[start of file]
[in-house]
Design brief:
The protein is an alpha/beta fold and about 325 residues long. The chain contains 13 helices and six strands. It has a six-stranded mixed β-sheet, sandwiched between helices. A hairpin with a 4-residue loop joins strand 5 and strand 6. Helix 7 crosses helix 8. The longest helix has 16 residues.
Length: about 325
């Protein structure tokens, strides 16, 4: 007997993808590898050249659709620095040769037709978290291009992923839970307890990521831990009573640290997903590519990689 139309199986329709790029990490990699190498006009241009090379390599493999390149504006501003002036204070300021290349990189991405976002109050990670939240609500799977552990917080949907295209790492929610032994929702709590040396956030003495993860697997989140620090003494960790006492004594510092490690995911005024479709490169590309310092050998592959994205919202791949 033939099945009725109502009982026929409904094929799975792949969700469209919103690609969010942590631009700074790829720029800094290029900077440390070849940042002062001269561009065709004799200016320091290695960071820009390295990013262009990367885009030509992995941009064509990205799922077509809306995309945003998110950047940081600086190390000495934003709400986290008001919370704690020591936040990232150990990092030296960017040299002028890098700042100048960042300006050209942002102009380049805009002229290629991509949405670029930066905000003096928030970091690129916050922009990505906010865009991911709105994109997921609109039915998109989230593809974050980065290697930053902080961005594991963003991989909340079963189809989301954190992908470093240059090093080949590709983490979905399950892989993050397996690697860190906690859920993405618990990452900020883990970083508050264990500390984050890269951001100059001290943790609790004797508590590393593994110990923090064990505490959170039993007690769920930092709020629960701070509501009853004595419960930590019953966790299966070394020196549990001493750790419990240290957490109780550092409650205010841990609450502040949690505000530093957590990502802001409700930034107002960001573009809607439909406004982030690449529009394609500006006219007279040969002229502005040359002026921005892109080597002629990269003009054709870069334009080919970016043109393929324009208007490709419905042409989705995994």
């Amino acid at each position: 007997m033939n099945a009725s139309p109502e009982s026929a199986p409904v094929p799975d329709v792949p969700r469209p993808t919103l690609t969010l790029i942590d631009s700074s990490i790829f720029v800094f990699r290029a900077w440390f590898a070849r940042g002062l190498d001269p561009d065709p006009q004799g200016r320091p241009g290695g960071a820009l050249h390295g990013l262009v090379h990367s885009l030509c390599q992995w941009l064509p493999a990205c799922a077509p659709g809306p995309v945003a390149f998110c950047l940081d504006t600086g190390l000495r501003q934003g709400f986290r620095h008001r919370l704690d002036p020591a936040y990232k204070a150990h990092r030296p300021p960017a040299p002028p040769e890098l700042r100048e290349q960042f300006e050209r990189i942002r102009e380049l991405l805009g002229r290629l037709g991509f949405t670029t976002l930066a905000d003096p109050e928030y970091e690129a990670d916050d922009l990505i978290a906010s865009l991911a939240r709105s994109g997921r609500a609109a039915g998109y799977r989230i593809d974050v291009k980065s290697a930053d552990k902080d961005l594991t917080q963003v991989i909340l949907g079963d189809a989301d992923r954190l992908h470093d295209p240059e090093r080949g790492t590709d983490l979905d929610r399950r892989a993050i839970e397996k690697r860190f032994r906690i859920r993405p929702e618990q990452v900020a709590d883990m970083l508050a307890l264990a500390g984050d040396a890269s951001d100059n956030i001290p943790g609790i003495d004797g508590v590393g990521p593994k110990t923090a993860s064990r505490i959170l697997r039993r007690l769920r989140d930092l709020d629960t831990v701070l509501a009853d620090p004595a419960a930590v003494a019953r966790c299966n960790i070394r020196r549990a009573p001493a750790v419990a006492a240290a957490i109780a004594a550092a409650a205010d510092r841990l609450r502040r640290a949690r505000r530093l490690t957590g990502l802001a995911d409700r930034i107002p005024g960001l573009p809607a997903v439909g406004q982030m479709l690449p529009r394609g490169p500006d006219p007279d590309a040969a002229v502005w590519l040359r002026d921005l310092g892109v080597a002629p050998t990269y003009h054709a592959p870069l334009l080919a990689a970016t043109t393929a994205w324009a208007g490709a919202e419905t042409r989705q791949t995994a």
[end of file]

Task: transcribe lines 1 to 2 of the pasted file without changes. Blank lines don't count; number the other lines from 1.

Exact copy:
[in-house]
Design brief: